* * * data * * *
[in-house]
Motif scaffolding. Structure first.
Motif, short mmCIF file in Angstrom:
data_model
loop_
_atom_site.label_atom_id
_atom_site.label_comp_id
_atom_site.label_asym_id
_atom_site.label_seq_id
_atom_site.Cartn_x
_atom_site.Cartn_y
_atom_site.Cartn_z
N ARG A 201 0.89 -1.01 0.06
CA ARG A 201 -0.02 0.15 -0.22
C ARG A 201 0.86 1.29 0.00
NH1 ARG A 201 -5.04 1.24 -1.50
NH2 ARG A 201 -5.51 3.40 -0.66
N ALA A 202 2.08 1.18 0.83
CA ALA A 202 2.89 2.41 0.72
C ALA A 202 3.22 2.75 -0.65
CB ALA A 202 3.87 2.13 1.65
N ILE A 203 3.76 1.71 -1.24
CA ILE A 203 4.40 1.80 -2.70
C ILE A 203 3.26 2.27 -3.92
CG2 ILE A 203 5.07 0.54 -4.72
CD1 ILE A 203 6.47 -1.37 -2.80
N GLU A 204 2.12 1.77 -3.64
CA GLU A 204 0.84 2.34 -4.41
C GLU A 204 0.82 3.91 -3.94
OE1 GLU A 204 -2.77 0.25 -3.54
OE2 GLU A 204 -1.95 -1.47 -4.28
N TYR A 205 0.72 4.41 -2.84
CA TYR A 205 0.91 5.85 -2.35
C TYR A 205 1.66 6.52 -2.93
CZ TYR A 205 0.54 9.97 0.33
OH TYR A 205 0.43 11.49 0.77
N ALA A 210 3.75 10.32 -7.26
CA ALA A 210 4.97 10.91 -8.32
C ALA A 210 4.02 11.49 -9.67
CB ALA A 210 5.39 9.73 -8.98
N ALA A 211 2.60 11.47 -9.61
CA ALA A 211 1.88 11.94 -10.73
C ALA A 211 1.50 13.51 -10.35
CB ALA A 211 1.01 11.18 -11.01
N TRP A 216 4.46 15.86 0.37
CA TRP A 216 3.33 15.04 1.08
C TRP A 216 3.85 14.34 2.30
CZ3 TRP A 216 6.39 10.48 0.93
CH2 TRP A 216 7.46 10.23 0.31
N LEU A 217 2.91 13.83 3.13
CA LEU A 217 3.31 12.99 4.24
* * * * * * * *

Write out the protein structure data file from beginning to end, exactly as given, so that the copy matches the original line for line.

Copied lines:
[in-house]
Motif scaffolding. Structure first.
Motif, short mmCIF file in Angstrom:
data_model
loop_
_atom_site.label_atom_id
_atom_site.label_comp_id
_atom_site.label_asym_id
_atom_site.label_seq_id
_atom_site.Cartn_x
_atom_site.Cartn_y
_atom_site.Cartn_z
N ARG A 201 0.89 -1.01 0.06
CA ARG A 201 -0.02 0.15 -0.22
C ARG A 201 0.86 1.29 0.00
NH1 ARG A 201 -5.04 1.24 -1.50
NH2 ARG A 201 -5.51 3.40 -0.66
N ALA A 202 2.08 1.18 0.83
CA ALA A 202 2.89 2.41 0.72
C ALA A 202 3.22 2.75 -0.65
CB ALA A 202 3.87 2.13 1.65
N ILE A 203 3.76 1.71 -1.24
CA ILE A 203 4.40 1.80 -2.70
C ILE A 203 3.26 2.27 -3.92
CG2 ILE A 203 5.07 0.54 -4.72
CD1 ILE A 203 6.47 -1.37 -2.80
N GLU A 204 2.12 1.77 -3.64
CA GLU A 204 0.84 2.34 -4.41
C GLU A 204 0.82 3.91 -3.94
OE1 GLU A 204 -2.77 0.25 -3.54
OE2 GLU A 204 -1.95 -1.47 -4.28
N TYR A 205 0.72 4.41 -2.84
CA TYR A 205 0.91 5.85 -2.35
C TYR A 205 1.66 6.52 -2.93
CZ TYR A 205 0.54 9.97 0.33
OH TYR A 205 0.43 11.49 0.77
N ALA A 210 3.75 10.32 -7.26
CA ALA A 210 4.97 10.91 -8.32
C ALA A 210 4.02 11.49 -9.67
CB ALA A 210 5.39 9.73 -8.98
N ALA A 211 2.60 11.47 -9.61
CA ALA A 211 1.88 11.94 -10.73
C ALA A 211 1.50 13.51 -10.35
CB ALA A 211 1.01 11.18 -11.01
N TRP A 216 4.46 15.86 0.37
CA TRP A 216 3.33 15.04 1.08
C TRP A 216 3.85 14.34 2.30
CZ3 TRP A 216 6.39 10.48 0.93
CH2 TRP A 216 7.46 10.23 0.31
N LEU A 217 2.91 13.83 3.13
CA LEU A 217 3.31 12.99 4.24